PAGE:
This is a guest post by Dana R. Casey.
Across this country, conservatives are being silenced, especially in our schools and universities.
Condoleezza Rice recently had her invitation to speak at a Rutgers commencement ceremony challenged by over 100 faculty members who signed a petition stating their objections. On May 3rd, Ms. Rice withdrew from the ceremonies releasing a statement saying that “she did not want to detract from the day’s festivities.”
A student organization created for “the exposition and promotion of conservative principles and ideas” at the University of Miami was denied approval four times from the Committee on Student Organizations and ultimately had to enlist help from the Foundation for Individual Rights in Education (FIRE) before they were officially recognized.
Veteran CBS investigative correspondent Sharyl Attkisson resigned after a two decades long relationship with the network for being repeatedly restricted from reporting negatively about the Obama administration.
Individuals are silenced too. Admitting to being a Republican or a conservative or even a Christian elicits responses of “bigot”, “racist”, “homophobe”, or “Islamaphobe”. Decades old friends think you’ve lost your mind and stop inviting you to gatherings.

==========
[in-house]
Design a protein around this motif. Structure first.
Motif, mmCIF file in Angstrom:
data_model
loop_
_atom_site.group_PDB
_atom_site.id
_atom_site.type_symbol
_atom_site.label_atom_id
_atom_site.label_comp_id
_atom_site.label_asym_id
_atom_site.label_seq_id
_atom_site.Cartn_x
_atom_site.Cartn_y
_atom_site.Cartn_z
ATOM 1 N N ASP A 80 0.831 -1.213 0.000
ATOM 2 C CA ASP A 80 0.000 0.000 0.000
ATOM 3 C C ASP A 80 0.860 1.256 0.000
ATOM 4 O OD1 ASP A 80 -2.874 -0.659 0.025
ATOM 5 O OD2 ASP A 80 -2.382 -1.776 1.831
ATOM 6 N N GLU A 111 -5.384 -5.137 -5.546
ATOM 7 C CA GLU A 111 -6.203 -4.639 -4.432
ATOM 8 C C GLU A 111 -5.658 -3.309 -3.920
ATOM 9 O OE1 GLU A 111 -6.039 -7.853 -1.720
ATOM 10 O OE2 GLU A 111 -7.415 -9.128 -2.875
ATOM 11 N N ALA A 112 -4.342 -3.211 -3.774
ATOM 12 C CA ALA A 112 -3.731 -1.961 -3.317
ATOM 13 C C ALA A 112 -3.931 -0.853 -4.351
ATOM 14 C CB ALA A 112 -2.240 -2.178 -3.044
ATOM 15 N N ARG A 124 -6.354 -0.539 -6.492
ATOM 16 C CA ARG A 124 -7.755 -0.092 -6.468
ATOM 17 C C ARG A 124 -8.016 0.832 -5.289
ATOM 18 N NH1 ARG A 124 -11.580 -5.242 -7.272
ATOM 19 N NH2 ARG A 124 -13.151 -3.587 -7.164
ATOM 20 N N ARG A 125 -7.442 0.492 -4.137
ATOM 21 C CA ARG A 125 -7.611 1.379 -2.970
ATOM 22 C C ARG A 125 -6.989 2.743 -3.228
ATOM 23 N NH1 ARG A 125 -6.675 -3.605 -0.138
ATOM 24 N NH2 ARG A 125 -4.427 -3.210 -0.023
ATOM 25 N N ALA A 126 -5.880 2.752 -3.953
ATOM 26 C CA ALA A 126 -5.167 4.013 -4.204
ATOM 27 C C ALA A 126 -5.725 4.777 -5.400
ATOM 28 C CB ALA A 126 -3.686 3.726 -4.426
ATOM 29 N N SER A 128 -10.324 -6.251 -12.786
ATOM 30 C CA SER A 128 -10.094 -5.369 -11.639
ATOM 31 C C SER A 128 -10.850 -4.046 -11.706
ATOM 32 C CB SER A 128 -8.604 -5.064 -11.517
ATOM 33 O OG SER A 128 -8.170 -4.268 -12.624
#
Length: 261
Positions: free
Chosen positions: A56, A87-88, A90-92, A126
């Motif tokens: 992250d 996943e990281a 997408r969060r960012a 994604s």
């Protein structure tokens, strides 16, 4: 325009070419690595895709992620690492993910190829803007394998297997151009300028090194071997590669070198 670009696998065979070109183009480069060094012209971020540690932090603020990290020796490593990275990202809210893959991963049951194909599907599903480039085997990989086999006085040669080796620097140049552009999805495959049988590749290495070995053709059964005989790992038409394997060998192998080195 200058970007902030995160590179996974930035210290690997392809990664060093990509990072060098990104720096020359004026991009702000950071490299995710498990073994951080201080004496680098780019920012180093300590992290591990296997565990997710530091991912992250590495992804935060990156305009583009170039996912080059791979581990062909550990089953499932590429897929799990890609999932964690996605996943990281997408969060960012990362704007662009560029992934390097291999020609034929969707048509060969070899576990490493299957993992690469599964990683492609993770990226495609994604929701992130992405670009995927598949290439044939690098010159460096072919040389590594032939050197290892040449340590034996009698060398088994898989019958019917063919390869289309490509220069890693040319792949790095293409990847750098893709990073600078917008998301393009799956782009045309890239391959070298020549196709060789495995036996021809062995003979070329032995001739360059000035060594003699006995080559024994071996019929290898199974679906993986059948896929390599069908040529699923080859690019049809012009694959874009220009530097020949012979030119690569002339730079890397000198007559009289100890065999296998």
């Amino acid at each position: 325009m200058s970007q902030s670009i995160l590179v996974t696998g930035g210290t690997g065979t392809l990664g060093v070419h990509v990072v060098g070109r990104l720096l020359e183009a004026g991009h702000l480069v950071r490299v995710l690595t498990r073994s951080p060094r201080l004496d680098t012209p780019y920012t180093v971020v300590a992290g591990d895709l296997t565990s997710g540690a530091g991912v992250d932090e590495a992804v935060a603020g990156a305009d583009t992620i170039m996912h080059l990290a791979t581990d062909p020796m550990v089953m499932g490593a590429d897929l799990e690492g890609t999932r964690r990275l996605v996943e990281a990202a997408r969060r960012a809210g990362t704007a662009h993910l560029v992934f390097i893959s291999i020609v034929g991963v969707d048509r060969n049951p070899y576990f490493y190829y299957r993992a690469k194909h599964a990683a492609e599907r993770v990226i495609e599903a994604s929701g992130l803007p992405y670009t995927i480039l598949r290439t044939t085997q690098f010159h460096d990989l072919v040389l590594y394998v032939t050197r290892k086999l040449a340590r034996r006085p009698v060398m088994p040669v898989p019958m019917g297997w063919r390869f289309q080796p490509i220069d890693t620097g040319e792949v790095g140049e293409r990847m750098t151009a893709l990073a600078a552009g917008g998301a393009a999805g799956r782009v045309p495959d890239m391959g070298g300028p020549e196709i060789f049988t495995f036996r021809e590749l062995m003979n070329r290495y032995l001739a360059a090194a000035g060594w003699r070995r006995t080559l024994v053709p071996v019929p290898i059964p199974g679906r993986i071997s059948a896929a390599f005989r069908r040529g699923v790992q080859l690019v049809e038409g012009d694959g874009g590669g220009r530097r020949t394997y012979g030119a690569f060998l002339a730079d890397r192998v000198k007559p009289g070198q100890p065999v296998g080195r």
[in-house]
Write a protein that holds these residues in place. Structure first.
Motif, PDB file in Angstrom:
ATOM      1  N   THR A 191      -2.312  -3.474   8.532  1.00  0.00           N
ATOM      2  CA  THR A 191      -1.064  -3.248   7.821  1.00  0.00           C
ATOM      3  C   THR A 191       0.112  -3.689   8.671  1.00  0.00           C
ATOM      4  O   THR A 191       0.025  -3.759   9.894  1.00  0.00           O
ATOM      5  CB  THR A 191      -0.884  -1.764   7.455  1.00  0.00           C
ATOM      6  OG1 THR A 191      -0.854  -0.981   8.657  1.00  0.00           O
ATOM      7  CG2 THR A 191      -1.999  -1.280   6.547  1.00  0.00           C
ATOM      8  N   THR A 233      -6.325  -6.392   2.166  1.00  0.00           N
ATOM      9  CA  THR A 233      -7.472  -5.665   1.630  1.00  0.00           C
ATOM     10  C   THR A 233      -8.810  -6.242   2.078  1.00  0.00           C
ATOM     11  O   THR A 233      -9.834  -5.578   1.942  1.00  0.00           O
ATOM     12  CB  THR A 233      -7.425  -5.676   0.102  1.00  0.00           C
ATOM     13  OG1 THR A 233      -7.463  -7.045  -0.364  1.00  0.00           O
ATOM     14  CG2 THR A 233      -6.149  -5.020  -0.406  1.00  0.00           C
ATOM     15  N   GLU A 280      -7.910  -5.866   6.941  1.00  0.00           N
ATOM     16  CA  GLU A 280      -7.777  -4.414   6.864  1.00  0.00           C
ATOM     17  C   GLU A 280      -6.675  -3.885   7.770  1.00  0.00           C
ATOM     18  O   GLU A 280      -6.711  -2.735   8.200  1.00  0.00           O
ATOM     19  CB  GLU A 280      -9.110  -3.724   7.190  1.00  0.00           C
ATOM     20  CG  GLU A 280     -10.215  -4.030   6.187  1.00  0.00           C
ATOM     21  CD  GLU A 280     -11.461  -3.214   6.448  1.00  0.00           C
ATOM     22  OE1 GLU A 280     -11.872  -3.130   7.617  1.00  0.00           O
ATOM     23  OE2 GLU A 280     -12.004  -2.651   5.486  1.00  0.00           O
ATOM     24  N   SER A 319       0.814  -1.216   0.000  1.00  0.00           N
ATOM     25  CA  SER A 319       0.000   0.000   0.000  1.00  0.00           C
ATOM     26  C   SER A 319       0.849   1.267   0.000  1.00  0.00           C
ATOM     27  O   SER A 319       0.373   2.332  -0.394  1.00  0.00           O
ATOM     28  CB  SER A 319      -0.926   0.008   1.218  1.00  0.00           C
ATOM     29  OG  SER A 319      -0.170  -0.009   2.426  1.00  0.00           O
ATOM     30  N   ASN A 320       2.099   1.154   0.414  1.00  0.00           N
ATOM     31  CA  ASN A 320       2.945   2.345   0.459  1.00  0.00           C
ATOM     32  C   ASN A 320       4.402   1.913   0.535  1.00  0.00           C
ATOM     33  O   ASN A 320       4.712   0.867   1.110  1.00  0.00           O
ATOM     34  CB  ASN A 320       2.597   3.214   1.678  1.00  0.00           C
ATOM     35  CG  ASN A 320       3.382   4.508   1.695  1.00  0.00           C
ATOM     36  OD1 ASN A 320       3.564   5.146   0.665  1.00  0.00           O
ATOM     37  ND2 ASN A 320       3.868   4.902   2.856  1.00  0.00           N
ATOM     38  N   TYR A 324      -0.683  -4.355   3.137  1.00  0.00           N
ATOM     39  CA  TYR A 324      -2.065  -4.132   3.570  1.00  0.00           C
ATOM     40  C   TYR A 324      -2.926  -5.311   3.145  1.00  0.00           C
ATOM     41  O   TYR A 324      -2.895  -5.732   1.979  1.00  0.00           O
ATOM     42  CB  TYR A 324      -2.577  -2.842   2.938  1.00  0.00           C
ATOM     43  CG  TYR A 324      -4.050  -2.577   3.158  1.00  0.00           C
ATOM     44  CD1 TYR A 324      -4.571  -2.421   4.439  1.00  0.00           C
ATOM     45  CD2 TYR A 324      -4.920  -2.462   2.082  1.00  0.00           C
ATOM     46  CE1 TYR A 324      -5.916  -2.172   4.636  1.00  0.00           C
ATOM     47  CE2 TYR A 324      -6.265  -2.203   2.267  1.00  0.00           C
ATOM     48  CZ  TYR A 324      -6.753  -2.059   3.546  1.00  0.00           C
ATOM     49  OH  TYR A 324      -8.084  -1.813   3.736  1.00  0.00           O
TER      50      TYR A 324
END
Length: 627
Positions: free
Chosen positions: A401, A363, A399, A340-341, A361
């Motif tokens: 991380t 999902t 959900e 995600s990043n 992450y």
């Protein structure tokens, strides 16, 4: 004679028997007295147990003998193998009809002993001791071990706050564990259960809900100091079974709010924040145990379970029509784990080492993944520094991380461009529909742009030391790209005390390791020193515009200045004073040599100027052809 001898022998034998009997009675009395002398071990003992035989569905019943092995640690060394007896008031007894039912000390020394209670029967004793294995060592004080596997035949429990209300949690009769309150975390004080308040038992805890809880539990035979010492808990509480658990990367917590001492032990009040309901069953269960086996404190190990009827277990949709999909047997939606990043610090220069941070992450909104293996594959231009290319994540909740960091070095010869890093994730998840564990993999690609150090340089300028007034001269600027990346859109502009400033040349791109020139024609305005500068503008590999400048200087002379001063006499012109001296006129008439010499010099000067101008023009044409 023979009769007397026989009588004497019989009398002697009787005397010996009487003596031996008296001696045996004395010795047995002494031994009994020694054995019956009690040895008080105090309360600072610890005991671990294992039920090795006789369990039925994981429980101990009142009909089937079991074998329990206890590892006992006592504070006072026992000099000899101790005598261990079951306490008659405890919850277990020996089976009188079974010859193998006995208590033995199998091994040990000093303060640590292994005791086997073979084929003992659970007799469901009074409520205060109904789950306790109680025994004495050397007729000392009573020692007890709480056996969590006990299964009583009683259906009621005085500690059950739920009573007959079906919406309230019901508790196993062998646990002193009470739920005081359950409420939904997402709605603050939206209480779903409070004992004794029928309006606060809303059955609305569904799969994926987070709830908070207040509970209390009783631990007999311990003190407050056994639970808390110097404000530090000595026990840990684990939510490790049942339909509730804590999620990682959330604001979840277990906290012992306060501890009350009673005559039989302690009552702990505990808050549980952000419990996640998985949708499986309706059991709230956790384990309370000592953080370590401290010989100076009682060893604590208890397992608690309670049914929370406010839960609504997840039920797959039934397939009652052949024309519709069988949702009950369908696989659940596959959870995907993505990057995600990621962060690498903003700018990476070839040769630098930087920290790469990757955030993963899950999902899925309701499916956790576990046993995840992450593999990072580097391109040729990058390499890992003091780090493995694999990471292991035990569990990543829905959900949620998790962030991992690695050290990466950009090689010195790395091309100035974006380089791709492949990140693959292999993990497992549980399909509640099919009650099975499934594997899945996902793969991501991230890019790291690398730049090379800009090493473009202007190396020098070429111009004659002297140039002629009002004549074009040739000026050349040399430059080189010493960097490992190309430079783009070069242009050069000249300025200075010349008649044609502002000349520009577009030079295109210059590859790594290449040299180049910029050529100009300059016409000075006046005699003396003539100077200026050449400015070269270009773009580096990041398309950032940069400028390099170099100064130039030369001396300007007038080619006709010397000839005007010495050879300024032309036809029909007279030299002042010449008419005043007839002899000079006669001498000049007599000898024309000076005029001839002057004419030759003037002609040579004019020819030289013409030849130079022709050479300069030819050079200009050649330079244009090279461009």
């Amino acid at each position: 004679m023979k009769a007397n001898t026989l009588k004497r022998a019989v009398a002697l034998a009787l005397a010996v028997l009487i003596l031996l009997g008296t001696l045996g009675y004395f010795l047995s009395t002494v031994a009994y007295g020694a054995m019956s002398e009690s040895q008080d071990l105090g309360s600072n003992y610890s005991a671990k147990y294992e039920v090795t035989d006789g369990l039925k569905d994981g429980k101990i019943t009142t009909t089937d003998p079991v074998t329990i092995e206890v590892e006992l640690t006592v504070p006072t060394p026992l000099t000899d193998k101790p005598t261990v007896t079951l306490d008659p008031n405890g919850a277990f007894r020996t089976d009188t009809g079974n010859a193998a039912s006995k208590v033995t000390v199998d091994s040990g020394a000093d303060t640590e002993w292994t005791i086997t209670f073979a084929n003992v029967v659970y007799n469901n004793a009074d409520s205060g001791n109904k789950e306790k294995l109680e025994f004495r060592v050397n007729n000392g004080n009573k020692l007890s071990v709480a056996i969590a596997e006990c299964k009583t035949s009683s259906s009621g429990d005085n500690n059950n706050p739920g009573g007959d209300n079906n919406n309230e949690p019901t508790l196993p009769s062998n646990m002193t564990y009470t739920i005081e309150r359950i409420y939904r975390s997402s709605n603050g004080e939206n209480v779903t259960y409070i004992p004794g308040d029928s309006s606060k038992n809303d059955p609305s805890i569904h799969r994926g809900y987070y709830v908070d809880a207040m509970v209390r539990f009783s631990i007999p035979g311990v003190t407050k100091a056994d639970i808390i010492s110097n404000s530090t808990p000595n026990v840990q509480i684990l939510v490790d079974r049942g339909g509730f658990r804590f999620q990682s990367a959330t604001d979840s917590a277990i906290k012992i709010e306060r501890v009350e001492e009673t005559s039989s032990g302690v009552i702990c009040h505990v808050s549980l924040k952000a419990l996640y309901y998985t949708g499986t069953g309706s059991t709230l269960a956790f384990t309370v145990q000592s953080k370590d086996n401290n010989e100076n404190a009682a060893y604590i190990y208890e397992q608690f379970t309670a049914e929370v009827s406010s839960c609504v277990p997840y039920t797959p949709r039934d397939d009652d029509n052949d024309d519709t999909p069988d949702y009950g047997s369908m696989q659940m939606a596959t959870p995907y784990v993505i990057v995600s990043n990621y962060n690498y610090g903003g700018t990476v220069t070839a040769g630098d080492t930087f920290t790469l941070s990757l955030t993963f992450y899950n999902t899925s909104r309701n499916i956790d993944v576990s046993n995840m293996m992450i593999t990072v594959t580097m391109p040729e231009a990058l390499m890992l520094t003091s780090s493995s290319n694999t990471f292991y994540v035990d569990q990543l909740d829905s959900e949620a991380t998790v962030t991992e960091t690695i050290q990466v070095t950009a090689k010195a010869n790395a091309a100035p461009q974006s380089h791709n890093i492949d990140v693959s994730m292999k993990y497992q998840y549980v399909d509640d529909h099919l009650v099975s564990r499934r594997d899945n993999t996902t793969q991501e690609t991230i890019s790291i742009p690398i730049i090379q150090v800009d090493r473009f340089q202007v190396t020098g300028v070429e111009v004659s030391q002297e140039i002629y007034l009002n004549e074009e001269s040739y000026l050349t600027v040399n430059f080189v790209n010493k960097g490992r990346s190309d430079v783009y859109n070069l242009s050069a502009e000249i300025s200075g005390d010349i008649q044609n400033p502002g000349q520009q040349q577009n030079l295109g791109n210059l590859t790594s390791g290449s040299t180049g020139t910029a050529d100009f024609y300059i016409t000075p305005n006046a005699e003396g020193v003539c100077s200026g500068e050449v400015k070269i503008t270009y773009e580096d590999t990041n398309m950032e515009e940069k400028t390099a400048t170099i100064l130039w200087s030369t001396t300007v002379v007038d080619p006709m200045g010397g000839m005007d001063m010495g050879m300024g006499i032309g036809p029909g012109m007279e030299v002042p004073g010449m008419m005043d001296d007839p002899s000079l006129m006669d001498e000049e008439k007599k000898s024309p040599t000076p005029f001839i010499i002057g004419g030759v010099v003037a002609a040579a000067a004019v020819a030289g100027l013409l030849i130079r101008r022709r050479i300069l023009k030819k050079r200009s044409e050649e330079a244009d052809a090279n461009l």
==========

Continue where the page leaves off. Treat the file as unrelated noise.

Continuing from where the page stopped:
Education is one frontline of the battle between liberal and conservative. Here, conservative ideas have as much power as prisoners of war. Conservative ideas have been locked out of the battle. I am personally fighting the battle from behind the front lines and in enemy territory against liberal indoctrination being forced into my classroom through revised curriculum and polices. I always try to present multiple perspectives in the classroom and I never tell students what to think. I challenge them HOW to think, to question, and to investigate, never WHAT to think.
I am also fighting the same battle with the education being provided to my teen daughters, both of whom go to public schools. My girls get a political education from me at home just from hearing my husband and I discuss the issues, so they often see through the liberal indoctrination presented by their teachers as “facts”. Unfortunately, their fellow students don’t realize that they are receiving biased information. There is no one to present other perspectives to them. My daughters do not feel comfortable bringing up alternative perspectives to the liberal ideology presented, because they fear being bullied by their fellow students or of having the teacher fail them because of their family’s political beliefs.
My daughters come home week after week with tales of liberal indoctrination, viewings of An Inconvenient Truth, or the lie that Republicans were really Democrats of the past (i.e. racist, KKK members, anti-civil rights) and the Democrats have become the Republicans of the past (abolitionists, civil rights supporters, Abe Lincoln, Frederick Douglas, and Martin Luther King’s party). According to my daughters’ teachers the two parties just magically switched names one mysterious undocumented night.